- Drowsiness. This is another side effect that can be related to THC binding to endocannabinoid receptors in the brain. Marijuana also contains another substance, called myrcene, that relaxes muscles and can have a sedative effect, and may also enhance the already existing sedating effects of THC. Certain types of marijuana, such as Indica strains, may be more likely to cause drowsiness compared with other strains. Some delivery methods, such as edibles and patches, may cause drowsiness more than others. If switching delivery methods or strains doesn’t help alleviate this side effect, you can try using a marijuana medicine at bedtime. It’s a good idea to use the same precautions as you would with any other sedating medication and avoid operating machinery or driving while using the drug.
- Paranoia: Along with other side effects, cannabis can affect mental health, which may be more likely in people with existing mental health issues or those who are vulnerable to them. A 2015 randomized placebo-controlled trial in 121 people found that intravenous THC increased paranoid thoughts in people who were already prone to them. The study participants had had at least one paranoid thought in the previous month but did not have a mental illness. In the study, 50% of people reported paranoid thoughts when treated with THC compared with 30% of people treated with a placebo. THC was also more likely to be linked to a lower mood, anxiety, and short-term memory impairment compared to placebo. These are generally short-term effects and won’t be a problem for everyone. However, cannabis use is typically contraindicated in those who are prone to psychosis or who have severe personality disorders.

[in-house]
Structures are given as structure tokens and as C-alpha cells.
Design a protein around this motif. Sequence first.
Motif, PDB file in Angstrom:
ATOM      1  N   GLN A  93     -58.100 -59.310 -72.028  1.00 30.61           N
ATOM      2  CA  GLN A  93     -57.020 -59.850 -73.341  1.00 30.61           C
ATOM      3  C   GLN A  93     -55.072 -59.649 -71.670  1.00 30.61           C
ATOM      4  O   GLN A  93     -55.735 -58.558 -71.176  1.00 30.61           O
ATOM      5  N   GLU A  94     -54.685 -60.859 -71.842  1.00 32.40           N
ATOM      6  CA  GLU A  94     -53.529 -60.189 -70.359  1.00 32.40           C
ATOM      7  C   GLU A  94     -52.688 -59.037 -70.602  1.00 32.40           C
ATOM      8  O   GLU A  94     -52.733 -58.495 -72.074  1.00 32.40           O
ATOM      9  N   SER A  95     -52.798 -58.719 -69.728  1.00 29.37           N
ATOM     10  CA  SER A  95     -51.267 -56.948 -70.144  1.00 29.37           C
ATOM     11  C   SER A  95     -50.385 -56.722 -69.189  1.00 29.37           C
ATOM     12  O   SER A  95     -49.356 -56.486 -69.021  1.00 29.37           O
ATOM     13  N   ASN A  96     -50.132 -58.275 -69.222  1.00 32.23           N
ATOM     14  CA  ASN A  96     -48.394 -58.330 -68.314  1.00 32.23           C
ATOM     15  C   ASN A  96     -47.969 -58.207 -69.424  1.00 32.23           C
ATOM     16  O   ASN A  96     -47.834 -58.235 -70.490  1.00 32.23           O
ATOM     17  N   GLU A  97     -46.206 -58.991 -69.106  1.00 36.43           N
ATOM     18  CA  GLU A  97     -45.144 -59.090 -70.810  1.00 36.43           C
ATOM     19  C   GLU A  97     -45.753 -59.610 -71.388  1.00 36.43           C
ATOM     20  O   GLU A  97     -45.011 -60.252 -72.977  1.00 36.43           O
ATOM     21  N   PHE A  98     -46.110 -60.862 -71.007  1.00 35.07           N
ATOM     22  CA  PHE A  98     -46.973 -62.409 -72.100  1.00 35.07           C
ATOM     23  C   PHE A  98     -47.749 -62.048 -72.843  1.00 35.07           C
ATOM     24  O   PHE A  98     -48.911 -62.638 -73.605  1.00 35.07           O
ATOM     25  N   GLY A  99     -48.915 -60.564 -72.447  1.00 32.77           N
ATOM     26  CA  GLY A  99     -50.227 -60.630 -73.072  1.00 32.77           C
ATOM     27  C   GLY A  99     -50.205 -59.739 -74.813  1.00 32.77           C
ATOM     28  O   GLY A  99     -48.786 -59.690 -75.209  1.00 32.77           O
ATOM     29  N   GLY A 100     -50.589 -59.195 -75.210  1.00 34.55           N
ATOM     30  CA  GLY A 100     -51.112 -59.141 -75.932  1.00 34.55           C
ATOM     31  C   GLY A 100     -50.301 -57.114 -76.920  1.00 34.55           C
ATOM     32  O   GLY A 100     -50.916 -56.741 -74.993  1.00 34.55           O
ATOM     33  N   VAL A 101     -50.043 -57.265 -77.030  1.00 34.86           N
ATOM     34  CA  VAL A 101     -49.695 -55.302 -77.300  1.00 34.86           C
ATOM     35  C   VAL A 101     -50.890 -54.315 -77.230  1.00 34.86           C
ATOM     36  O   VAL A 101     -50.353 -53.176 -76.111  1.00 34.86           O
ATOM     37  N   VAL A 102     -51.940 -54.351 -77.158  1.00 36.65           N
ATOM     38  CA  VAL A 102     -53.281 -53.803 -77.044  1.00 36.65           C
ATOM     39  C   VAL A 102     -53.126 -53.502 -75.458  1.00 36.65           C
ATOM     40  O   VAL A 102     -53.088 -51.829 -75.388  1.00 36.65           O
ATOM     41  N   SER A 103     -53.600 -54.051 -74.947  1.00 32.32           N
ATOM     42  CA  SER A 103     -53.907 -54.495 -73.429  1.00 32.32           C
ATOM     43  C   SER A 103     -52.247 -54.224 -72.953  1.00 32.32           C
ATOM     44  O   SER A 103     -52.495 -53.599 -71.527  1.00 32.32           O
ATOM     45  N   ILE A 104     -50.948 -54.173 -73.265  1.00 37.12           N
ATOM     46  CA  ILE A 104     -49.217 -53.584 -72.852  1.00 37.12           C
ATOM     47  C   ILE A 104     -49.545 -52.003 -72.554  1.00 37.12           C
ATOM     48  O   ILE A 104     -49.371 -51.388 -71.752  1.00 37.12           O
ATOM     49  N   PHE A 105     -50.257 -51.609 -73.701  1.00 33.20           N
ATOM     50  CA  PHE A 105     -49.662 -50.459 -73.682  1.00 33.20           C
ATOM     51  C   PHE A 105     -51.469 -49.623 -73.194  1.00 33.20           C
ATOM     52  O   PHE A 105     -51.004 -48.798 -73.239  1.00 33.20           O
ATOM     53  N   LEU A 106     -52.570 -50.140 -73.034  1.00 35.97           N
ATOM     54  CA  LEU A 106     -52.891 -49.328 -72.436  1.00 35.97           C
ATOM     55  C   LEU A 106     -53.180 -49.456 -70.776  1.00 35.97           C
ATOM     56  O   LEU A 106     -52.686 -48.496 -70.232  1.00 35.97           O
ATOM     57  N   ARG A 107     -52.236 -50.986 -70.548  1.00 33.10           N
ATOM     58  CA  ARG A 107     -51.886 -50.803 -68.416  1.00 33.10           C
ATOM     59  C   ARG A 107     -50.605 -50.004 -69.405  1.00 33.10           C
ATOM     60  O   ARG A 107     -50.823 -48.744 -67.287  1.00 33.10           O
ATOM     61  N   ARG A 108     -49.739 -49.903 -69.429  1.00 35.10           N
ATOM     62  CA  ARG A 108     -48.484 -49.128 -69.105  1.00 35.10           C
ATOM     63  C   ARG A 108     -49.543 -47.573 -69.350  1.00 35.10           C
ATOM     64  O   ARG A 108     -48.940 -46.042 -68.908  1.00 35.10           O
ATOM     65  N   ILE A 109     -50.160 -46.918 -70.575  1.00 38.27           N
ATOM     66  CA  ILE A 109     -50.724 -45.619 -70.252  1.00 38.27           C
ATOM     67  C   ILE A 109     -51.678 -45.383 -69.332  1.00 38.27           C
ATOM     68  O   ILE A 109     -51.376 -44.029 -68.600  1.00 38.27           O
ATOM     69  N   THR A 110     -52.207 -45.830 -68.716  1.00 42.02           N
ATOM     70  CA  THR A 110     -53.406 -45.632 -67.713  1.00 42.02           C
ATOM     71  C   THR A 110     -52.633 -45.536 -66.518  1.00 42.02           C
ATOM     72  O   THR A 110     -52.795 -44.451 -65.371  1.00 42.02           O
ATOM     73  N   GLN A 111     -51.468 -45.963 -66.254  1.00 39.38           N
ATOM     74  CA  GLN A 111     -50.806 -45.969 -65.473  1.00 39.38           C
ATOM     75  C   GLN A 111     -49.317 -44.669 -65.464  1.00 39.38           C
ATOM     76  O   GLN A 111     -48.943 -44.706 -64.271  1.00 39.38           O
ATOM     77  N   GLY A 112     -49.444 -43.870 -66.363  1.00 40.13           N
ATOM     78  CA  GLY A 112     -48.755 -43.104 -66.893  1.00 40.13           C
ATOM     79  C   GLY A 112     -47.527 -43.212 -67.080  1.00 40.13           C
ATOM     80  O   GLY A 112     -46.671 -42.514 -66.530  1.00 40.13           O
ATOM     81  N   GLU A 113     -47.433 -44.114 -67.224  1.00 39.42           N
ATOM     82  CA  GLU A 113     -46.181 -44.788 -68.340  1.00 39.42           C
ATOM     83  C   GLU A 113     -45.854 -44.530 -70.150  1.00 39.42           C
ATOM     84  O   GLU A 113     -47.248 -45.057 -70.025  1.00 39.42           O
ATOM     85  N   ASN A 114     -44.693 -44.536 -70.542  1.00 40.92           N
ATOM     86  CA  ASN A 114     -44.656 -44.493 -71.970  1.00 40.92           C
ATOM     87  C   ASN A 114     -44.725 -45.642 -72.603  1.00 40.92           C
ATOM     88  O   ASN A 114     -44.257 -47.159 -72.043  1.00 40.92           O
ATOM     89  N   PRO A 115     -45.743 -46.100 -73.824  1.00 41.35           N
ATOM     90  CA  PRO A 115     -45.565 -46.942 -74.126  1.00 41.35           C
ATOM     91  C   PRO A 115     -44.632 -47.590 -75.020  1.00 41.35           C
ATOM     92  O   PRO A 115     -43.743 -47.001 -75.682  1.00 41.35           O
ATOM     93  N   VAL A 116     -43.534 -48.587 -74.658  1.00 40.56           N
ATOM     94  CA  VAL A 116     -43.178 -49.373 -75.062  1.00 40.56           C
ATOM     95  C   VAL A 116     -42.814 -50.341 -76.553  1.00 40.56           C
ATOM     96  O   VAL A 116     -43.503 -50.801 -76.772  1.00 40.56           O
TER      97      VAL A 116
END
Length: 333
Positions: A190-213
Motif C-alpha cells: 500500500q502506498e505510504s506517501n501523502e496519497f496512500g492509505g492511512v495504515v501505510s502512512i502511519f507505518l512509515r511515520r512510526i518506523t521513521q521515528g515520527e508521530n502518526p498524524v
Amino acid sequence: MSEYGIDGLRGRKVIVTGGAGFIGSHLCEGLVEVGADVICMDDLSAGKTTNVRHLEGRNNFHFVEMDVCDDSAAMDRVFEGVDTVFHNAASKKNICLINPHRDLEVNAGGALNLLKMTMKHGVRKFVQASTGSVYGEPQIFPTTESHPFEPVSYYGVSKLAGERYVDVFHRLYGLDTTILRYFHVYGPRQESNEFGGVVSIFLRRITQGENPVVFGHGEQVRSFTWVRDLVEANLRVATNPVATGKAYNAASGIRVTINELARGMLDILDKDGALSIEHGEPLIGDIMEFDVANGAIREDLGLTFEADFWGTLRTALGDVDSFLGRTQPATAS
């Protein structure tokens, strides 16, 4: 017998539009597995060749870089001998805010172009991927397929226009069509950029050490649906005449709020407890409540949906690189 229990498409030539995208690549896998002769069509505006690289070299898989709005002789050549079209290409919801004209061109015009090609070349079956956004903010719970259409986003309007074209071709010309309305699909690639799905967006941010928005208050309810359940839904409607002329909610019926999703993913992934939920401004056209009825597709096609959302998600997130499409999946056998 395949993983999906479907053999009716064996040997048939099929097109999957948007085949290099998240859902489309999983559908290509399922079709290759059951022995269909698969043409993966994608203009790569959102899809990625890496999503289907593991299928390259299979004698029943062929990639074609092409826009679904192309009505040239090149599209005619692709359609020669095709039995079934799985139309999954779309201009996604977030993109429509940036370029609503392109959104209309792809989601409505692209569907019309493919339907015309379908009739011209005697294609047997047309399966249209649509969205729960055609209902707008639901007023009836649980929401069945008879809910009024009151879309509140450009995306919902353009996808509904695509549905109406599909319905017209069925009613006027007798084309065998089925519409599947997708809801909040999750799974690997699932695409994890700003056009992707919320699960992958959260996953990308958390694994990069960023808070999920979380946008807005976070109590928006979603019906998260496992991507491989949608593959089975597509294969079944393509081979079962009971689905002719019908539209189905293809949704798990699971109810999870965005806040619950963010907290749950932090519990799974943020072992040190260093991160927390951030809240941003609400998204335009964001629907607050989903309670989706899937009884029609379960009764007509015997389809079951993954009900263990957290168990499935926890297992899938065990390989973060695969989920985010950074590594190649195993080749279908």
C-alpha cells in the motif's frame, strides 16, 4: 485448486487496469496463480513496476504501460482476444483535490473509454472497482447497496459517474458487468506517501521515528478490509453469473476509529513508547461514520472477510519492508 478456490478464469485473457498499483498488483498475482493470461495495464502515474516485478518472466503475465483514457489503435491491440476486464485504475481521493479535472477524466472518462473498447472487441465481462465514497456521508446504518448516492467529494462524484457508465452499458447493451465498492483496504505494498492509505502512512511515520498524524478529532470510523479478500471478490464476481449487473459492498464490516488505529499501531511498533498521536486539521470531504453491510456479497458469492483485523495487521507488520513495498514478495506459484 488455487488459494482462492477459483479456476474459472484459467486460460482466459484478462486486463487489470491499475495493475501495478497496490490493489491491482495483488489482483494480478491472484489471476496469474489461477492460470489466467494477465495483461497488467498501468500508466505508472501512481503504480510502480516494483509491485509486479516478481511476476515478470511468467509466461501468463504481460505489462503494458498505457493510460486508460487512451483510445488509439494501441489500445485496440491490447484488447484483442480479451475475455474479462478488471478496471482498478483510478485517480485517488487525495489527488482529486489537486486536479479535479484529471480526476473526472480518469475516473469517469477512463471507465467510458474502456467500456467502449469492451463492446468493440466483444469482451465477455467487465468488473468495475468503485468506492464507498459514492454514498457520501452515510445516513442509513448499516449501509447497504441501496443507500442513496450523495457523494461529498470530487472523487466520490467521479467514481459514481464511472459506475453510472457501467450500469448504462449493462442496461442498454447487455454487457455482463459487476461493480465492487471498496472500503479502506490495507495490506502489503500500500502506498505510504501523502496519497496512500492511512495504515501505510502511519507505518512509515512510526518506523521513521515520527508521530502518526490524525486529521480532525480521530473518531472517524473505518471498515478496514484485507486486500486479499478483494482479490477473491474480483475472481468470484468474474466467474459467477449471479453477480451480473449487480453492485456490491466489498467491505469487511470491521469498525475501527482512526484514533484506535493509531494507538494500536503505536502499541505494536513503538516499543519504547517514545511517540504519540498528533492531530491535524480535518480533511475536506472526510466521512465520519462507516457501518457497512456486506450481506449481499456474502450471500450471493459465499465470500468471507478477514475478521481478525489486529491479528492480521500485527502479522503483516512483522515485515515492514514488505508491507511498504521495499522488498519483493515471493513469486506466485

- Slowed reaction time: Another side effect of marijuana is a slowed reaction time. This may be due to THC’s impact on the thalamo-cortico-striatal circuit, a brain network linked to the perception of time. It’s one of the reasons that time seems to slow down when using marijuana. THC can also alter blood flow the cerebellum, a region of the brain that helps with coordination and movement. Again, talk to your doctor and consider switching to a strain with lower THC to see if that helps. And slowed reaction time is another good reason to listen to your doctor’s advice to avoid driving while using this medication.